Triquetral Fracture: Causes, Signs, Symptoms, Treatment, Exercises, Investigations
Wrist consists of eight small bones, which are located between the bones of the forearm known as ulna and radius and the bones present in the hand. The triquetral bone is one of these eight small bones situated in the wrist. The shape of a triquetral bone is just like a pyramid. A triquetral bone is fractured less frequently when compared to the fractures of the scaphoid and lunate bones of the same area.
Compression or stress could be placed on the triquetral bone while falling down on an outstretched hand. If the force is traumatic and beyond the tolerance power of the bone then this may result in cracking of the triquetral bone resulting in triquetral fracture. A triquetral bone is occasionally called as a triquetrum. The two main causes of a triquetral fracture are falls and car accidents. This often leads to pain, decreased mobility, and swelling which may affect the functioning of the hand, forearm and wrist.
Triquetral fractures occasionally occur without any associated injury to the surrounding structures, but they often are quite complicated and include injuries to the surrounding structures such as the lunate and other soft tissue injuries.
Causes of Triquetral Fracture
- A triquetral fracture may be caused by a traumatic pressure or force on the wrist like while falling down on an outstretched hand with the little finger side of the hand downwards, especially with the wrist in an extended position.
- A direct trauma from hard object on the backside of the wrist.
- Car accidents.
- A triquetral fracture is mostly common in sports activities like snowboarding or skateboarding, especially in icy atmosphere.
Signs and Symptoms of Triquetral Fracture
- Pain is felt in the wrist after an impact or a fall.
- Pain on the little finger side of the wrist could be experienced.
- Tenderness with palpation of affected region.
- Reduced range of motion of wrist.
- Decreased grip strength.
- Pain while lifting an object with the injured wrist.
Treatment for Triquetral Fracture
In instances where fracture is minute or there is displacement of bone from its normal position, it is treated with manipulation and reduction. This is done via local anesthesia and then casting. Fracture requires about 10 weeks to completely heal. It includes time of immobilization with being in a splint for some time. RICE protocol of affected hand is followed.
Surgery for Triquetral Fracture
Surgical procedure is done in instances where damage is to a degree where it cannot be rectified by conservative treatment. This technique is termed as open reduction. Surgery for triquetral fracture is quite difficult as triquetral bone is quite small and often requires pins and screws to be stabilized.
Procedure is done by making a nick to expose the fracture in order to bring it back to its usual position. Sometimes, pins, plates, etc. are also used.
Surgery involves risk of bleeding, neurovascular injury etc.
Physical Therapy (PT) for Triquetral Fracture
This is essential to facilitate healing and make the wrist function normally. This includes:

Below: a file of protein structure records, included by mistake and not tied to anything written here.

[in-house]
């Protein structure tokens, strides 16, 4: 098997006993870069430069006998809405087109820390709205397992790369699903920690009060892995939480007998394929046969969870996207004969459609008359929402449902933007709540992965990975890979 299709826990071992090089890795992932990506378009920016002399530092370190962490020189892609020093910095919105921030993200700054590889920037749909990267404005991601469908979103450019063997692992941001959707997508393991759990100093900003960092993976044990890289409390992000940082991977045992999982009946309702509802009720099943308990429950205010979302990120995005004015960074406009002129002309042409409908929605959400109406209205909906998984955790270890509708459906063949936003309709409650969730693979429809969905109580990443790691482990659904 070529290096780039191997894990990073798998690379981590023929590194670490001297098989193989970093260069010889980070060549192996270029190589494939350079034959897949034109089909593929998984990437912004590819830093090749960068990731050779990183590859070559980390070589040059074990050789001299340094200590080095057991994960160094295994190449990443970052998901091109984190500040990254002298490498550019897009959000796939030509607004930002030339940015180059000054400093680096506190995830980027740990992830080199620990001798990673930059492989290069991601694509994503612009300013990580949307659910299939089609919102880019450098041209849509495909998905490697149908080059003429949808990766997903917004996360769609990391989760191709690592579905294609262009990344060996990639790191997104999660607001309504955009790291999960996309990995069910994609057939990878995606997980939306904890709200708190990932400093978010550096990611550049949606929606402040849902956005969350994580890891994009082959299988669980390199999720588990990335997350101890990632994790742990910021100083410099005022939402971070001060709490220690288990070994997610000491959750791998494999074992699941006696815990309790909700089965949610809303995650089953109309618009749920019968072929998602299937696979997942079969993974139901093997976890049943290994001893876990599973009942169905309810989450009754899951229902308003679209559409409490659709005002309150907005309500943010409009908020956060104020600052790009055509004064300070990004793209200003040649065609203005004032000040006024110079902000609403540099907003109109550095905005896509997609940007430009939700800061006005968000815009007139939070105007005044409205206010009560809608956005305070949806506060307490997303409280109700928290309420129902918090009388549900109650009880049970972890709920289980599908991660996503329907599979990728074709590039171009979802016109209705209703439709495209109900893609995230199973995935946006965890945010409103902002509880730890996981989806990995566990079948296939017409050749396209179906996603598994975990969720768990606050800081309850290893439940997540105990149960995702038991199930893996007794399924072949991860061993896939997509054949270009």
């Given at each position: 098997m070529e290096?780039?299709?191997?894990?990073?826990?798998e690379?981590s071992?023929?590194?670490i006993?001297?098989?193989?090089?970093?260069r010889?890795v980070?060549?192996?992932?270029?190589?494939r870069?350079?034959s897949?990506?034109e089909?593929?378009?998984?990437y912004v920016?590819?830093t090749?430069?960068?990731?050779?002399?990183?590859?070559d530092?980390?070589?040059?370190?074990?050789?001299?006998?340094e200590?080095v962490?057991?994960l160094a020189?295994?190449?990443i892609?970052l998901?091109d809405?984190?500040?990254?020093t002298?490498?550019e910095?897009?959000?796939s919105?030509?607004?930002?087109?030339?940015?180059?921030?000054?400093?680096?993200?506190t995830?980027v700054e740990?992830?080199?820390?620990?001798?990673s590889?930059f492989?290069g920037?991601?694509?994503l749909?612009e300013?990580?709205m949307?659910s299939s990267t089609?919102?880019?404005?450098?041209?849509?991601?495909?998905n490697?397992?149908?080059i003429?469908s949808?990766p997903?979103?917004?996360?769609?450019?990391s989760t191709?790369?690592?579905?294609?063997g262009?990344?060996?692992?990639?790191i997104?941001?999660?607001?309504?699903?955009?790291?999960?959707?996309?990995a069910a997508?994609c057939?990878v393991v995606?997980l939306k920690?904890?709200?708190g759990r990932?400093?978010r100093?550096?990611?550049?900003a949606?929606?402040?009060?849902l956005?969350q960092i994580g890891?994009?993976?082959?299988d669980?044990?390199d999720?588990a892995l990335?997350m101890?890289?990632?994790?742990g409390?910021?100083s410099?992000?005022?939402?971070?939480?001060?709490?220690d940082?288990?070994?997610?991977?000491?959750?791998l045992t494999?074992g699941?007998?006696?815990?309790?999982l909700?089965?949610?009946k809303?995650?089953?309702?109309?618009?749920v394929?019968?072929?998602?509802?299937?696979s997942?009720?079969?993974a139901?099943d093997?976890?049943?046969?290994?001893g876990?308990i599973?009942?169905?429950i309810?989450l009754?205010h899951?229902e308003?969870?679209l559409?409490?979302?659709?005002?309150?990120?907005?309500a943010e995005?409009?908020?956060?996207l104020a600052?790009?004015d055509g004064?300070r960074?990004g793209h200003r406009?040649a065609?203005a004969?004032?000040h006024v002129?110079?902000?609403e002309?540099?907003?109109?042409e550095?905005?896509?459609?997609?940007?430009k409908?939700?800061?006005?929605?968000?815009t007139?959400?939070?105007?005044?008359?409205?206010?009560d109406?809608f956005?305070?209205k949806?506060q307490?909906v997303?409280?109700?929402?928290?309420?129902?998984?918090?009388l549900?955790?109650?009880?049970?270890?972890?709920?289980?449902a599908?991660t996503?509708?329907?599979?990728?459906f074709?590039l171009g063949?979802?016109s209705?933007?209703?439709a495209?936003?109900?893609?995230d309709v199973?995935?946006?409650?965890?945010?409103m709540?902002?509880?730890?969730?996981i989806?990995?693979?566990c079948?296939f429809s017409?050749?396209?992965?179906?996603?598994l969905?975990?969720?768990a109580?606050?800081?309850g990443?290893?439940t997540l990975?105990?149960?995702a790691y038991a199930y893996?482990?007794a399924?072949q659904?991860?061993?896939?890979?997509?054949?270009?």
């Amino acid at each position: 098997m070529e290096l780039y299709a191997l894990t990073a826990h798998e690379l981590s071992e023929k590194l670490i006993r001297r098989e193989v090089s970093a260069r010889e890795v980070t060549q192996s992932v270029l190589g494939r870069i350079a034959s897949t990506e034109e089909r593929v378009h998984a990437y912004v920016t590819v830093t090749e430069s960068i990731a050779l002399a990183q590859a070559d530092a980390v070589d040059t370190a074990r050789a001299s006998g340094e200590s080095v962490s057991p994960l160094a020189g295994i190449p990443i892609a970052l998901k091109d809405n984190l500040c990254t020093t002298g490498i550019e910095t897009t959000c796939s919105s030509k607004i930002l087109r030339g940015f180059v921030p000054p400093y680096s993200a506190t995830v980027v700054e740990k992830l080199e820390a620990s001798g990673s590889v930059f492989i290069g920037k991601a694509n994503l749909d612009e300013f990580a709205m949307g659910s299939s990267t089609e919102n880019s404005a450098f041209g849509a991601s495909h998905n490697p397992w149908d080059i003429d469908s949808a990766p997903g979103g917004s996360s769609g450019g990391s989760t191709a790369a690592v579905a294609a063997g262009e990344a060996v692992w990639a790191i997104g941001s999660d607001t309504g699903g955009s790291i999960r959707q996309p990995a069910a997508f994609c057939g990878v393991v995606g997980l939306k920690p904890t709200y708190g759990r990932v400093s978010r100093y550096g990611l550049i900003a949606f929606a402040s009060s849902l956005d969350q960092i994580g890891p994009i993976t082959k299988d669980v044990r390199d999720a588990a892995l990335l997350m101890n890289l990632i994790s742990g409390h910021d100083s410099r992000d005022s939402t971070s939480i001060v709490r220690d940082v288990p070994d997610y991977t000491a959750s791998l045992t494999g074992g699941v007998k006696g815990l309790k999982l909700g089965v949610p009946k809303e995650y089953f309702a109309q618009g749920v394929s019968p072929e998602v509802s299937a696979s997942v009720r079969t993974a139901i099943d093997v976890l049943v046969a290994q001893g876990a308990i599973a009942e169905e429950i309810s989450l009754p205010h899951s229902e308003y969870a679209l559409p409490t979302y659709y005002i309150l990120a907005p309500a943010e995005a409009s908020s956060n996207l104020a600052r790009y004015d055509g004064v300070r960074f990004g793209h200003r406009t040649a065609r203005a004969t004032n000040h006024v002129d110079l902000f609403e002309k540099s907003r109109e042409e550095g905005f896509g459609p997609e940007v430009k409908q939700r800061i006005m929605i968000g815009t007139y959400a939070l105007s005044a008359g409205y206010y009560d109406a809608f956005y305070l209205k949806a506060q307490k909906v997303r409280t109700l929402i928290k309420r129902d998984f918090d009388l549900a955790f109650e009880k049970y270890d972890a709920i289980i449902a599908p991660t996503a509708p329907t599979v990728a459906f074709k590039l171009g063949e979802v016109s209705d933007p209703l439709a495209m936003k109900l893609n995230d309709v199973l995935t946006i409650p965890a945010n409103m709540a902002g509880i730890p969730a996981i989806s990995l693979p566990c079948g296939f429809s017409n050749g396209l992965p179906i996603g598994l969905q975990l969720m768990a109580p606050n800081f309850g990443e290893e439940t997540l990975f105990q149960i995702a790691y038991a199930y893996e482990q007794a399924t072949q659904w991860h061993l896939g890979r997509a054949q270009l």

- Joint mobilizations.
- Soft tissue massages.
- Ice and heat.
- Improving strength via exercises.
- Activity alterations.
- Returning back to activities.
Exercises for Triquetral Fracture
Stretching and strengthening is done in the recuperating stage for complete range of motion and attaining normal function of wrist.
Stretching Exercises for Triquetral Fracture
Flexion: This is done by bending wrist forward till painless stretch is sensed for 10 seconds. This should be performed in 3 sets of 12.
Extension: This is done by bending wrist backward till painless stretch is sensed for 10 seconds. This should be done in 3 sets of 12.
Side-to-Side: This is done by moving wrist sideways till painless stretch is sensed for about 10 seconds in each direction. This should be done in 3 sets of 12.
Wrist Extension Stretch: This is done by keeping elbow straight and placement of fingers on a flat surface with palms looking down. Now, the body is bent forward and the position is kept for about 20 seconds.
Wrist Flexion Stretch: This is done by keeping elbow straight and placement of fingers on a flat surface with palms looking up. Now, the body is bent forward and the position is kept for about 20 seconds.
Forearm Pronation and Supination: This is done with elbow bent at a right angle. Now the palm is rotated upwards and position held for 10 seconds. The, do it the opposite way fo 10 seconds. This should be done in 2 sets of 10 without increasing symptoms.
Strengthening Exercises for Triquetral Fracture
Wrist Flexion: This is done by grasping a can with palms facing up. Then the wrist is bent upward. Slowly, the weight is decreased. This is done in 3 sets of 12 and the weight of the object is increased slowly.
Wrist Extension: This is done by grasping a can with palms facing down. Then the wrist is bent upward. Slowly, the weight is decreased. This is done in 3 sets of 12 and the weight of the object is increased slowly.
Tennis Ball Squeeze: To do this, a spongy material is taken and squeezed hard without experiencing any pain for about 10 seconds. This is repeated 10 with increasing pain.
Investigations for Triquetral Fracture
A comprehensive examination is carried out for diagnosis of triquetral fracture to include a neurovascular examination to look for damage to nerves. An x-ray is taken to look for the extent of the injury.
Other Tests Are:
- CT scan.